While we will only spend two weeks in Thailand, it is an important visit to make, as we will have the opportunity to be involved in Independent Study Projects, speak more in depth about political control over the Mekong river, and come to understand just how many people rely on the River Khong. We will be based at the community of Baan Ta Mui, where we will live all together in a large house and spend time during the days involved in various projects and connecting with community members.

Cambodia: Second week of November – 6. December

Weeks Nine and Ten:

Our fourth and final country we visit is Cambodia, and we begin our time there with an extended expedition phase. This week-long experience will allow for you to draw upon all the skills you have learned and practiced in the previous two months to develop an itinerary that is engaging, dynamic, economical, and sustainable. You will work together as a group of twelve to establish roles which allows for each person to have agency and ownership in this experience. You will be provided with guidelines, but the majority of this week’s itinerary and curriculum will be up to you.

After our X-Phase we will visit Phnom Penh, the capital city of Cambodia. There we will take a look at the tragic truths of this country’s recent history, all the while experiencing the youthful dynamism and creative energy that is defining the unwritten future of this place. We will visit with various NGO’s focused on the arts and children’s projects, and will learn about women’s rights and women’s health initiatives.

Week Eleven:

Finally, we will move into our fourth and final home-stay in a small village. At this point you will have familiarity with living in others’ spaces, and will be accustomed to practicing language and engaging in routines. The pace of the course will be slowing down and you will find yourself balancing spending time alone and time with the group, wanting to savor the long days while also thinking forward to what is coming next.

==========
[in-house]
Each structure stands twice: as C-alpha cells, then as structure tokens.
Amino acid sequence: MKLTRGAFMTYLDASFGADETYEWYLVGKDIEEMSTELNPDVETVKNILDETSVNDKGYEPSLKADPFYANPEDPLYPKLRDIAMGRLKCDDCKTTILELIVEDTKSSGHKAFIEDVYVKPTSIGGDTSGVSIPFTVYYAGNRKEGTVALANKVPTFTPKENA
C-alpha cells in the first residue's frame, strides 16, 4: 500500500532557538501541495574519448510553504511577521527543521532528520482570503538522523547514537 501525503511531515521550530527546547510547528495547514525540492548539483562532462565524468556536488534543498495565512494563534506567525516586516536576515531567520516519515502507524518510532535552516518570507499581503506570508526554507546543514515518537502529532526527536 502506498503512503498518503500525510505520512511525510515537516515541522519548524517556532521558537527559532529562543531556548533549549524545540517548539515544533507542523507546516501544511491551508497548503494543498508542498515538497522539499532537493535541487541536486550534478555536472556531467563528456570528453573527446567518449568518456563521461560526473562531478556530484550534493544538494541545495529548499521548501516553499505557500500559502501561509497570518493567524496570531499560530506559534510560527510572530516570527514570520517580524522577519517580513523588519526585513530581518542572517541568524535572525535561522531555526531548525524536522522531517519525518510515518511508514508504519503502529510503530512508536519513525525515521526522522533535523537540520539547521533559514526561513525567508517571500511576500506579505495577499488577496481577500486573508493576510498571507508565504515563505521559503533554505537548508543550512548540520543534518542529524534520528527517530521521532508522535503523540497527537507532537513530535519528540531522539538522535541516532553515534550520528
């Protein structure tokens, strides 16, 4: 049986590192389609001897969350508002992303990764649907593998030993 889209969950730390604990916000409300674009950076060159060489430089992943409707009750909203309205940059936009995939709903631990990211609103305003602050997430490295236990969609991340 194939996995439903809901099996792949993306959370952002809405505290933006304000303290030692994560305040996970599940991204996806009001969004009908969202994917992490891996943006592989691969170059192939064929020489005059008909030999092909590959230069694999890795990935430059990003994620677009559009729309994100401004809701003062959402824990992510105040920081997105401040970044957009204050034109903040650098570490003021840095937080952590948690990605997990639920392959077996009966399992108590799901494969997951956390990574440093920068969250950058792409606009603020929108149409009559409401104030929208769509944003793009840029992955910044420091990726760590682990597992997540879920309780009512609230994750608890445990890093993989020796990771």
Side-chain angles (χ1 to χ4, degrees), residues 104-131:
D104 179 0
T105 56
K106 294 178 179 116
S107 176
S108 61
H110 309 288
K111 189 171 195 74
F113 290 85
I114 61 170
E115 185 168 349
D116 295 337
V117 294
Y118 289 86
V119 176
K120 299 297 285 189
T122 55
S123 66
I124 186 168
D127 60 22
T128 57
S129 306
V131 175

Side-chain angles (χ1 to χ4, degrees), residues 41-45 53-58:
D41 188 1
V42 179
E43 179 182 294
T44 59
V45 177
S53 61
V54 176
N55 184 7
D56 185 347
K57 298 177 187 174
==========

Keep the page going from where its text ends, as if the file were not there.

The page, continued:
Week Twelve:

The last week of this course will be focused on integration. We will be considering how the previous eleven weeks’ worth of conversations and conflicts, walks and writing, language learning and learning service contribute to our lives in nuanced and grand ways. Spending our days away from the noises of a city, we will find ourselves in a setting similar to one of Orientation: where were come together as a group for long meals, fun and meaningful activities, nights of star gazing and mornings of bird watching. This will be a time to reflect upon the challenges we faced and adversity we overcame, and to celebrate the work each of us put in to make this a meaningful, complex course. We will honor and appreciate one another, as well as our broader Dragons community and the communities we will be visiting after course.

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As was mentioned before, this itinerary is bound to change and shift, and expand and contract and we appreciate your willingness to accept those changes as they arise. What is a given is that this program will be delightfully rich and will expose each of us to new ways of thinking and ways to experience the world. We look forward to beginning that journey in just a few short weeks.